So this morning, I loaded Murphy and a broken machine gun up into my SUV and we headed off for the wilds of Pennsylvania, taking the gun back to it's creator, gunsmith extraordinaire Charlie Erb.
Murphy just came along because so far he's a horrible passenger and I want him to get used to riding and settle down.
We got out to Frederickstown, PA a bit after noon, following a drive complicated by lousy Bing Maps directions and a minor incident as a gas station where I'd stopped to get a real map. My leg was troubling me more than a bit, so I stepped into the rest room to take it off and re-adjust it. No sooner was I in there though when the door began to rattle. I told the impatient person that I'd be out in a minute, and I could hear a child outside announcing to someone that he had to go poop.
Well darn, kid. I need to get my leg put back on. and at that moment, it was completely off and I was trying to clean the residue of a large burst blister out of the liner and disinfect the area around said blister. Needless to say, I was in a foul mood, both from the pain and from being somewhat lost, so I didn't respond terribly well when someone else began knocking on the door and a woman's voice yelled: "Hurry up in there! My son's going to poop his pants!"
I'm sorry...how is this pending event that affects you and your son exclusively in any way MY problem? Do you think that I just came in here to read the graffiti, or enjoy the smell? I again announced that I'd be out in a minute and returned to re-assembling my leg, trying to get it to fit just differently enough to take the pressure off of the damaged area.
Another banging on the door. "My child needs to use the bathroom!" the woman yelled, confirming that she really believes that I'm supposed to vacate the rest room instantly in response to her kid's demand.
Whatever. I ignored her and focused on putting my leg back together. I finished in short order and it felt good enough to get by, so I opened the door and walked out to find a fattish woman glaring at me as a boy next to her who was probably five or six was dancing around like some sort of Special Olympian on crack. Shame on me, but when I walked out and pulled the door shut behind me, I seem to have inadvertently re-locked it. Oops. My bad. Hopefully the teenager behind the cash register had a key somewhere.
Back on the road, I reached the Erb estate about half an hour later and met the legend himself. Charlie Erb was 31 years in the machine gun business, during which time he built and serviced countless machine guns, and even though he's retired now he's still willing and able to help out people who own the guns that he brought to life decades ago. Charlie took my sick gun into his machine shop and tried what Mike and I had already done: Banging on the operating rod end with a steel rod and large hammer to no avail and saying "Wow..." a lot. That sucker was still locked up tight. Finally, after considerable effort was expended on it, I agreed to write the bolt off, and he put the gun on his vertical mill and ground the bolt out by cutting it through the ejection port and top of the receiver then busting the remains with a hammer, allowing the barrel to be removed. (The bolt, when in battery, locks the barrel in place.) He was able to determine that the gun's ejector had been blown up into one of the slots on the bolt collar by the explosion of the steel-cased cartridge, and with the ejector forced up into that slot, the bolt and barrel were effectively locked together and the destruction of the bolt was the only way to separate them again. This happens rarely to M60's but it does happen. My luck, it happened to mine the first time out. A contributing factor was likely an excessively worn operating rod and/or bolt. These parts had seemed ok to me when I inspected the gun prior to firing it, but I am admittedly no expert on this weapon system yet.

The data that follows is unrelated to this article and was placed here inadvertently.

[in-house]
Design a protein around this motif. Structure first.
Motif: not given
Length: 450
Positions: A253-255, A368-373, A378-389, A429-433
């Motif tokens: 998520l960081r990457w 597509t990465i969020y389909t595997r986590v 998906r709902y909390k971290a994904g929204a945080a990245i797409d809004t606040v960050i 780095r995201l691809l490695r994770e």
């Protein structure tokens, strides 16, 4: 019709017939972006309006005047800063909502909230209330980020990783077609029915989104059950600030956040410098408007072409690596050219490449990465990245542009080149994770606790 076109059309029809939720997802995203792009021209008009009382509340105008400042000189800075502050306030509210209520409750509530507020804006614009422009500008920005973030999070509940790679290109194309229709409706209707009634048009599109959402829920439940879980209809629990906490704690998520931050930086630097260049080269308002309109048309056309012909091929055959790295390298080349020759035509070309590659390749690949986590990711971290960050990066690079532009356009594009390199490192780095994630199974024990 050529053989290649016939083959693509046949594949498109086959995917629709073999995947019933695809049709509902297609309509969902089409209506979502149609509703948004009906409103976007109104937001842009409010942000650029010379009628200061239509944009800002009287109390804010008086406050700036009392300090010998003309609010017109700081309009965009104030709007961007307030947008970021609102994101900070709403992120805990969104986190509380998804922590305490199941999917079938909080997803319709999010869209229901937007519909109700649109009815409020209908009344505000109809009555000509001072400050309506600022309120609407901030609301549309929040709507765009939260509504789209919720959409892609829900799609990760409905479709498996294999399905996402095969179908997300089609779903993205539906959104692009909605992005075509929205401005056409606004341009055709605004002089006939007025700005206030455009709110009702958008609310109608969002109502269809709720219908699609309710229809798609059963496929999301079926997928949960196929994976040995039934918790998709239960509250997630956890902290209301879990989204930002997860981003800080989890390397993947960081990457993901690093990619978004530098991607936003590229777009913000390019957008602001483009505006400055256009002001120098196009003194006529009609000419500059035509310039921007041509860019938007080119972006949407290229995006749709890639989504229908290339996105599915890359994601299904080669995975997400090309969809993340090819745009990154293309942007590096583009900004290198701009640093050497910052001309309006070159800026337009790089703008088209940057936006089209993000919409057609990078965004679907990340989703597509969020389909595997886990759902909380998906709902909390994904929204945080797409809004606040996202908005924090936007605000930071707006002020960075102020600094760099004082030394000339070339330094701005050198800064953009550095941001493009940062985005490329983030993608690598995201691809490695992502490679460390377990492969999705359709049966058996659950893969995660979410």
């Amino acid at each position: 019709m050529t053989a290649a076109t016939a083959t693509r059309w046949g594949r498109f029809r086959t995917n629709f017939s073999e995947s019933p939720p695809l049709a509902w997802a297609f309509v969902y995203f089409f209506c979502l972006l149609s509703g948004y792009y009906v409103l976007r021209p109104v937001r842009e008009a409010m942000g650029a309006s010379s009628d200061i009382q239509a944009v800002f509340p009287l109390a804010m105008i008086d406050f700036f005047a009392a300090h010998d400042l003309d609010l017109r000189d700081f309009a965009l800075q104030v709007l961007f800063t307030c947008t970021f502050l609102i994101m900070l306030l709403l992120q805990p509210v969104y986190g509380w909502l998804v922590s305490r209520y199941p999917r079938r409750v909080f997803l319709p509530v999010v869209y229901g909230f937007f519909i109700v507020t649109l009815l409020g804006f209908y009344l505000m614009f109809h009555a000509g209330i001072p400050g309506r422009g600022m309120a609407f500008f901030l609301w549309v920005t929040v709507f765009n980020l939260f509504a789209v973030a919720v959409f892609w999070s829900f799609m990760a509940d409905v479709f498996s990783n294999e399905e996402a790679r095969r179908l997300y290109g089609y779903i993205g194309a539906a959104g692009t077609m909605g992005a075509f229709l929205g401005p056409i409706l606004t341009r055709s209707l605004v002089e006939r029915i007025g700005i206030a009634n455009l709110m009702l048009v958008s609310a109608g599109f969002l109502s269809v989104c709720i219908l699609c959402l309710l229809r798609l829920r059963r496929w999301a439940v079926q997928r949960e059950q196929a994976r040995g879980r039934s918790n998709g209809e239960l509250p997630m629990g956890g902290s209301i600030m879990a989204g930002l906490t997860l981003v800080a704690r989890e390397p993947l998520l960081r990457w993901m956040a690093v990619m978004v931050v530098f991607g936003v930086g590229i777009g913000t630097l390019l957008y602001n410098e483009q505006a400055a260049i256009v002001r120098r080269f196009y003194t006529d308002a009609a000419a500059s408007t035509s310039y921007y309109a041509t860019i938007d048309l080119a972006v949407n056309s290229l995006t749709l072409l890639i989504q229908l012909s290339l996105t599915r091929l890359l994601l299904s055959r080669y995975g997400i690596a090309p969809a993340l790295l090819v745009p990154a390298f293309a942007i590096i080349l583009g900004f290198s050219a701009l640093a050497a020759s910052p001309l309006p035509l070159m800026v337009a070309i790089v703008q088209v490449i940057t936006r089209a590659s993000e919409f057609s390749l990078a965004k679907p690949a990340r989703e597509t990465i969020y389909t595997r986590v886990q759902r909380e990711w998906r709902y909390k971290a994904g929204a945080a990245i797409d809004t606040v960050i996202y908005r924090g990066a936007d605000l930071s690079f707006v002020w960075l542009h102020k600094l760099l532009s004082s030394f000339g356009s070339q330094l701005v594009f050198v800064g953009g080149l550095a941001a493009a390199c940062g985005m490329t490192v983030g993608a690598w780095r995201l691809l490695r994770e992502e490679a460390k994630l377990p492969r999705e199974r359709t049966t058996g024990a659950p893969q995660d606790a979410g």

Anyway, the gun was cleaned, lubricated and reassembled with a new bolt and operating rod, and a few other minor kinks were ironed out of it as well, since it was open and on the table. Then we took it out to his test range and I put nearly 400 rounds of assorted BRASS-CASED ammunition through it--everything from surplus to my own reloads--and the gun ran without a hiccup. This thing is great, and after an inspection and rebuild by it's actual creator, the man who built it originally in the early 1990's, it's in better shape than it was before the catastrophic stoppage turned it temporarily into a 23lb. paperweight. An added benefit was that I got to learn all about this gun from the master himself, and my ability to diagnose it and keep it running has greatly increased.
Here's the man himself with the gun. He originally built 50 of these M60's, and numerous other great guns, including Stens, Sterlings, MP-40s, 1919s, Vickers and Maxim guns.
And here's Dave, Charlie's "watch rooster", who tormented Murphy incessantly by walking around and around my SUV and utterly ignoring him no matter how much Murphy barked. Dave knows that dog ain't getting out of that truck.
Finally we headed for home. Since I'd forgotten to bring food for Murphy, I slid through a drive-thru and got him a couple of burgers. I'd meant to give him the burgers once we were on the highway so I hid them from him by putting them under a jacket that was laying on the front seat, but when we got on the highway and I looked for them, they were gone. I looked in the back where Murphy was and I found the wrappers for those burgers, torn and empty and covered with dog spit. He'd helped himself, and done so in such a stealthy fashion that I didn't even see it go down. So the question is, if the dog steals food that's basically his food, is it still theft?
I'm thinking yes, just on principle.
But now we're home. The M60 is back in the gun safe, Murphy is in his dog bed, and I'm fixing to retire and read a few chapters of T.E. Lawrence before calling it a night.